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Extension evaluates impending cuts
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MONROE - Uncertainty still looms for the University of Wisconsin-Extension system as Green and Lafayette counties await further instruction from Chancellor Cathy Sandeen in February on how to make budget cuts laid out in the 2015-2017 state budget.

Overall, counties are responsible for $1.2 million in cuts of the total $3.7 million required by the state budget this year. Green County Agriculture Agent Mark Mayer said he has been part of one of nine statewide work groups analyzing the gap between what needs to be done and how far resources can stretch. The groups have been meeting for nearly five months and just recently submitted suggestions on how to reduce spending while maintaining services.

"There will be less of us covering a bigger area," Mayer said. "We can say that for sure."

Southest Regional Director Matt Hanson said departments will likely see "restructuring" in counties for staff less impacted by the funding cuts.

In the nine statewide workgroups, at least one representative of each county was involved. Four of the groups included program representatives on behalf of 4-H, community development, agriculture and family living. Two groups had state specialists and county or tribal representatives because county and tribal funding also contributes to the UW System. Groups overseeing both of these sets of groups were to monitor effective communication while a final group evaluated program impact. Each team was staffed with roughly 10 people.

In total, 80 positions will need to be cut throughout the state. It is estimated roughly half are already vacant and will not be filled. According to the UW-Extension website, there are 26 continuing education programs throughout the state and an Extension location in each of the 72 counties. In 2012, 500 programs affected roughly 1.6 million Wisconsin residents.

In Lafayette County, there are three Extension-funded positions, including two agriculture agents who split their time between Lafayette and Grant counties. Mayer is one of the four full-time positions funded through the UW System. One position is currently vacant.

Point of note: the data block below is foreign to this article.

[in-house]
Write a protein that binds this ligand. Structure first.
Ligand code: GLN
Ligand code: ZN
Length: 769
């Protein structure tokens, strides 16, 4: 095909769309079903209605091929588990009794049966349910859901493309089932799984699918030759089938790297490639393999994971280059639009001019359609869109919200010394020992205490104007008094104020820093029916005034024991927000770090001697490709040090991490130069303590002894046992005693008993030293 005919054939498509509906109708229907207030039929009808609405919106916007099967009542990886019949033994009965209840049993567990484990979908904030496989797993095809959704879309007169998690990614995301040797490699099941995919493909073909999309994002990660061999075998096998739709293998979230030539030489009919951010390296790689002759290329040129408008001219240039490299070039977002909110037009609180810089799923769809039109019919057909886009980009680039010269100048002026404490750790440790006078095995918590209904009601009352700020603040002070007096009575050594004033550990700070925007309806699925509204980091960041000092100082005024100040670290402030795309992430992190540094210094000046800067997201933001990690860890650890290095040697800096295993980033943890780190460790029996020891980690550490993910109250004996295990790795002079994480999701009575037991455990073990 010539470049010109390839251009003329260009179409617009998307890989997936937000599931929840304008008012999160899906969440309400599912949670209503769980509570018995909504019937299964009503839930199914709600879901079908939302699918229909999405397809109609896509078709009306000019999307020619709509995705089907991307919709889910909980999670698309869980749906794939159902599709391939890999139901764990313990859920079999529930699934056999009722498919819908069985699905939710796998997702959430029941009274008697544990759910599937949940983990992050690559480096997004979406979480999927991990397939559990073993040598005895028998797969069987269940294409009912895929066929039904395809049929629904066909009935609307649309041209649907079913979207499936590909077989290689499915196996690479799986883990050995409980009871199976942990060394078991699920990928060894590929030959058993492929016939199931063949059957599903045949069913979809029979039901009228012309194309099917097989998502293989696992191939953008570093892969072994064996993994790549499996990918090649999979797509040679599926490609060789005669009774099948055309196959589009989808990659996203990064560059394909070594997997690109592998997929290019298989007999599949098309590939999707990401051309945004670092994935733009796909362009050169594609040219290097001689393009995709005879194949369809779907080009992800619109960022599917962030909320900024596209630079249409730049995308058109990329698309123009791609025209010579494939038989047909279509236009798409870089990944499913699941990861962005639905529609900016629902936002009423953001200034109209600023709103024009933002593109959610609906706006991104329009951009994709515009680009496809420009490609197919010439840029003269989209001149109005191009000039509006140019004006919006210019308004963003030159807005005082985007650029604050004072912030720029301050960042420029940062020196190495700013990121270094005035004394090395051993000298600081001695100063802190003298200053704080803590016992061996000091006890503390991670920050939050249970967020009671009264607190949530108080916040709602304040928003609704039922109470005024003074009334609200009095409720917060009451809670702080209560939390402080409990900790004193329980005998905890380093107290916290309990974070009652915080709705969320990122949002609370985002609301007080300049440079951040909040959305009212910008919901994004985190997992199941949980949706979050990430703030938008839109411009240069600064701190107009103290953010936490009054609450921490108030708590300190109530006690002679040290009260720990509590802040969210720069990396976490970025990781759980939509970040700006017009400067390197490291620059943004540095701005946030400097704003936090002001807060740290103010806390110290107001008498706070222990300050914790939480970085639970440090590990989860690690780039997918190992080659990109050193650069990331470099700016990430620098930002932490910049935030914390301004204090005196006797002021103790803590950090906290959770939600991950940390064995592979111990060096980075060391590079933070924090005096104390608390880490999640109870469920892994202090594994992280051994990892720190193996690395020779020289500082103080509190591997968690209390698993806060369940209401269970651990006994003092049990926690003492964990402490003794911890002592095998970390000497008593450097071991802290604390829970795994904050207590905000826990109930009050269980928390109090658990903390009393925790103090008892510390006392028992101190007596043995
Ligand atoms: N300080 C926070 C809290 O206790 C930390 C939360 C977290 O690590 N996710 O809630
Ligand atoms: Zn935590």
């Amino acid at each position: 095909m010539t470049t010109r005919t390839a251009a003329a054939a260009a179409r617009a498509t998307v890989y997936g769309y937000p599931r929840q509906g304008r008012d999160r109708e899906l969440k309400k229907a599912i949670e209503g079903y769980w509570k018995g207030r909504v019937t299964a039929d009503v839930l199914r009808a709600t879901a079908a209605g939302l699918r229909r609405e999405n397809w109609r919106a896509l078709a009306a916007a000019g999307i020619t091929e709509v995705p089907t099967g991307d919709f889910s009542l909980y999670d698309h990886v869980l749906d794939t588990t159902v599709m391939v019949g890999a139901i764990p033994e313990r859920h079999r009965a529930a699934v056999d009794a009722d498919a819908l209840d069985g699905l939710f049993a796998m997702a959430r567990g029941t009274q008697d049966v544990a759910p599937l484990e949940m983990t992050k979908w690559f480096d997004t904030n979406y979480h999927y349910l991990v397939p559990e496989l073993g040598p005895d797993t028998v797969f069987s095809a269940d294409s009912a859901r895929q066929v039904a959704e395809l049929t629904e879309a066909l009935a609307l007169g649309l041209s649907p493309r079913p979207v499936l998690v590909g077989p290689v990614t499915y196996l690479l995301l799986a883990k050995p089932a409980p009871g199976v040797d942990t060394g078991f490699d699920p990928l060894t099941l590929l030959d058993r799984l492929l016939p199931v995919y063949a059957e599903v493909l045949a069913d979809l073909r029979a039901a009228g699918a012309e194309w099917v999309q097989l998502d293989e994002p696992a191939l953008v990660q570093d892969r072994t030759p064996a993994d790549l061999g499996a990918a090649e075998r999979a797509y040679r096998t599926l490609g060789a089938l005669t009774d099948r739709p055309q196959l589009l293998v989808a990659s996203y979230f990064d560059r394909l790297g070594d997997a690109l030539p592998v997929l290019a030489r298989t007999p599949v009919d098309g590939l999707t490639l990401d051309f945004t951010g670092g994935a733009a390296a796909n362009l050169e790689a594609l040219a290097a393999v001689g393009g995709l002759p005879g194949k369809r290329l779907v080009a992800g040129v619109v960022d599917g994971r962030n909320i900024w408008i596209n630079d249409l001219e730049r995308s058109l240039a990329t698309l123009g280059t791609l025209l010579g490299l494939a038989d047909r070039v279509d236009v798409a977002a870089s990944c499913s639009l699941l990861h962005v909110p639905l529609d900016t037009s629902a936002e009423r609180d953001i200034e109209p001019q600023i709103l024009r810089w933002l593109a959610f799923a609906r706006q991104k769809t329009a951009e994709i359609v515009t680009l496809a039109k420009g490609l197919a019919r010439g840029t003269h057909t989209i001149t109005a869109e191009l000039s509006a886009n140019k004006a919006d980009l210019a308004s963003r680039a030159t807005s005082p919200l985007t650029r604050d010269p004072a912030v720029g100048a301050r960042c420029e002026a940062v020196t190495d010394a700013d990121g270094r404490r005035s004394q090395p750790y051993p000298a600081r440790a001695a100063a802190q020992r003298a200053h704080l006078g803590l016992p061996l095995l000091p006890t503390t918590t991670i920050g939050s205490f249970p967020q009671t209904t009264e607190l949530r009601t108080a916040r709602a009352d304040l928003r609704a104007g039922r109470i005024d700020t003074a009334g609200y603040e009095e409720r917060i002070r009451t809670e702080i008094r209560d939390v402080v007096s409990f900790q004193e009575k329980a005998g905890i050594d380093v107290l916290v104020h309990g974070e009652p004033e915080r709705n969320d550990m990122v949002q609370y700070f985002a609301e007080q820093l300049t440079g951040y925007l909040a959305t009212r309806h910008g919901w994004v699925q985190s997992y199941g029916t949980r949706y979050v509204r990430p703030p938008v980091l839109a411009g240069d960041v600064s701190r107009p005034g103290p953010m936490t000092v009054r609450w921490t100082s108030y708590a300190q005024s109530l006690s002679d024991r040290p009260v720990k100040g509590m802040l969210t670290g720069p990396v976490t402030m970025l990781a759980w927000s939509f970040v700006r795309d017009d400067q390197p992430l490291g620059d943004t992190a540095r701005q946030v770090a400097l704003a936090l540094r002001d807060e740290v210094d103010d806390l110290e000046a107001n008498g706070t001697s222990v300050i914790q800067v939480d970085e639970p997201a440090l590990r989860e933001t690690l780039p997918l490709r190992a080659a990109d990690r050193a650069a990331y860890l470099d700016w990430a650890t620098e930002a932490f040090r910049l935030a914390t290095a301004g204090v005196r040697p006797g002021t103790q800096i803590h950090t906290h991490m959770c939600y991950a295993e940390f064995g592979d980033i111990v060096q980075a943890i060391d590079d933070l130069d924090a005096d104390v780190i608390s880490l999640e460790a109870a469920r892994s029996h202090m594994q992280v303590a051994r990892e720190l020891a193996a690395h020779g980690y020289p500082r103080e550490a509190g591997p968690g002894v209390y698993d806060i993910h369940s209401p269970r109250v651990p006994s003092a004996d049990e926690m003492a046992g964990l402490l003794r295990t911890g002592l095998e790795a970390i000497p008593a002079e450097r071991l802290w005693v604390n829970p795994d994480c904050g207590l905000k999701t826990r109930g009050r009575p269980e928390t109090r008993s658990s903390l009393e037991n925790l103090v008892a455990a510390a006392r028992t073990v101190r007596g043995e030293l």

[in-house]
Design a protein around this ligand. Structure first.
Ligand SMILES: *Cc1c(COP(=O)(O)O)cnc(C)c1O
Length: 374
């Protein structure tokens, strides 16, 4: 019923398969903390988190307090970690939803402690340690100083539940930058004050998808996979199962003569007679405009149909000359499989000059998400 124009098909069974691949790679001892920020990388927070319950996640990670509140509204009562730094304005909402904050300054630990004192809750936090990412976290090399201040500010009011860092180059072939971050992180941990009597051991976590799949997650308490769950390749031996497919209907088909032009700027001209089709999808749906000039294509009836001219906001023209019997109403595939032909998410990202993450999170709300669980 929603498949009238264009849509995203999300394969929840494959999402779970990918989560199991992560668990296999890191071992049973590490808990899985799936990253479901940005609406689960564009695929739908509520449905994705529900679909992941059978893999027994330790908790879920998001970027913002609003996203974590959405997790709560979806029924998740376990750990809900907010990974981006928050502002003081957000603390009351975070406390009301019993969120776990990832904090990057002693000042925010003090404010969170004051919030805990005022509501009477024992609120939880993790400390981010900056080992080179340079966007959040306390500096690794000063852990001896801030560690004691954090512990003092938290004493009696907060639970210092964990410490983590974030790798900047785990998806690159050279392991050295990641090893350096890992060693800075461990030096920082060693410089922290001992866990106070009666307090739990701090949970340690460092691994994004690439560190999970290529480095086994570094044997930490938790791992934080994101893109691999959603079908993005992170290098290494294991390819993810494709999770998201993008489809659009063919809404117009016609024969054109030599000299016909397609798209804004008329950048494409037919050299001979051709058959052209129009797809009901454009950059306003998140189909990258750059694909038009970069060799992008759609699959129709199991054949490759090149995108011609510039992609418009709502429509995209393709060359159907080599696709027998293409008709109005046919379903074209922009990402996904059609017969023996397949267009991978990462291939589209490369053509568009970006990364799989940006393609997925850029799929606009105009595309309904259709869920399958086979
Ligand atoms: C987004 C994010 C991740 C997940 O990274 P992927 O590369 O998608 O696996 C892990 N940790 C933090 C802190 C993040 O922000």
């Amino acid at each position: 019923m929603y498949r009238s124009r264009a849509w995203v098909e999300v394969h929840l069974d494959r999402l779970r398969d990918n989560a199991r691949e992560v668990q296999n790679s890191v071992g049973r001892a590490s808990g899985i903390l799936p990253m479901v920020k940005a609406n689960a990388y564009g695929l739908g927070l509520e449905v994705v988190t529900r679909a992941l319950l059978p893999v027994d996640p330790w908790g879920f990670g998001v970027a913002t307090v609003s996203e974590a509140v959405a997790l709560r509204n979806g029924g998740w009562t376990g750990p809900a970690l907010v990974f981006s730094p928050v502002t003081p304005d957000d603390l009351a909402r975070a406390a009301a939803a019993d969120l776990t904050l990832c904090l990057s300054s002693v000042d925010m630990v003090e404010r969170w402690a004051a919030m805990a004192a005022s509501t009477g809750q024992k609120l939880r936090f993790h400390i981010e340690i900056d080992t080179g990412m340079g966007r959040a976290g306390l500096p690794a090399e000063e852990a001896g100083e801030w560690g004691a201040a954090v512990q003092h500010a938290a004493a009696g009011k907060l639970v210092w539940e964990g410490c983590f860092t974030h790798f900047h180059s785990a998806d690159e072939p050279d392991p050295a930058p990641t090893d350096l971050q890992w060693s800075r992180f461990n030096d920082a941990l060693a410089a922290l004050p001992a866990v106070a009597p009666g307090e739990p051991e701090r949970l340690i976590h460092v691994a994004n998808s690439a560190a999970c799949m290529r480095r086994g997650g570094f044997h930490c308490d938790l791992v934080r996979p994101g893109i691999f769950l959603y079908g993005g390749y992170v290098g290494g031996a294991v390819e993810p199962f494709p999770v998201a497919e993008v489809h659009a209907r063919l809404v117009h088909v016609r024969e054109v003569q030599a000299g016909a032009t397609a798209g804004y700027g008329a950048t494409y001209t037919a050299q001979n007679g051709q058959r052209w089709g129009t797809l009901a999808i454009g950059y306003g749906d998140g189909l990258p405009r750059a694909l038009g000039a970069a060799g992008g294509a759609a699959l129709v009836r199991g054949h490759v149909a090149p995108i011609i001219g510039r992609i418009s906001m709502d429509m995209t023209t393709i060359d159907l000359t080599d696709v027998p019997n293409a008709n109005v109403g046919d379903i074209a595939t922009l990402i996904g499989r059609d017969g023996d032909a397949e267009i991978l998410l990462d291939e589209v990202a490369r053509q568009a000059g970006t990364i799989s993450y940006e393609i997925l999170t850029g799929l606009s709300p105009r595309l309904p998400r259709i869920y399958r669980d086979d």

The time table is set in place. State workers will compile the feedback provided by individual work groups and then submit information to Sandeen in February. Hanson said information will be shared with workers. In March and April, there will be a feedback period for educators and staff to provide more thorough information regarding the proposed changes and a finalization of what will be changed will be announced. Hanson noted the guidelines will be to ensure individuals still receive effective services from UW-Extension. From there, each county will adjust as necessary and changes will be implemented in July.

Mayer said the process may take years to fully realize.

"There are a lot of pieces to be moved," he said. "A fair amount of uncertainty."

Mayer said the uncertainty of budget reductions has already caused a rift in operations. Green and Lafayette counties share a Family Living Educator. As a leader in teaching and applying research findings in family and consumer sciences, the educator helps both counties in areas of parent education and helps provide information for families dealing with divorce or caring for aging relatives. The educator also works with county officials to help with school readiness and family health. The position was recently vacated and can only be filled on an interim basis until the cuts are announced at the beginning of next year and moved on in July. The job posting closed Nov. 29 but only yielded one qualified candidate "because we can't make any promises until July," Mayer said. The position will likely remain vacant if no other applications are submitted.

Hanson admitted a "large number of vacancies" within the system can impact residents of the state.

"This will have a pretty good impact on a lot of folks," Mayer said. UW-Extension involvement in the Green County Fair may dwindle and the organization may take on more of "an educator role," according to Mayer. There is a possibility more than two counties could share resources. Mayer said Green, Grant, Lafayette and Iowa counties may be grouped together. However, because there are types of expertise some may deal in, such as agriculture, work could extend to places like Rock County as well.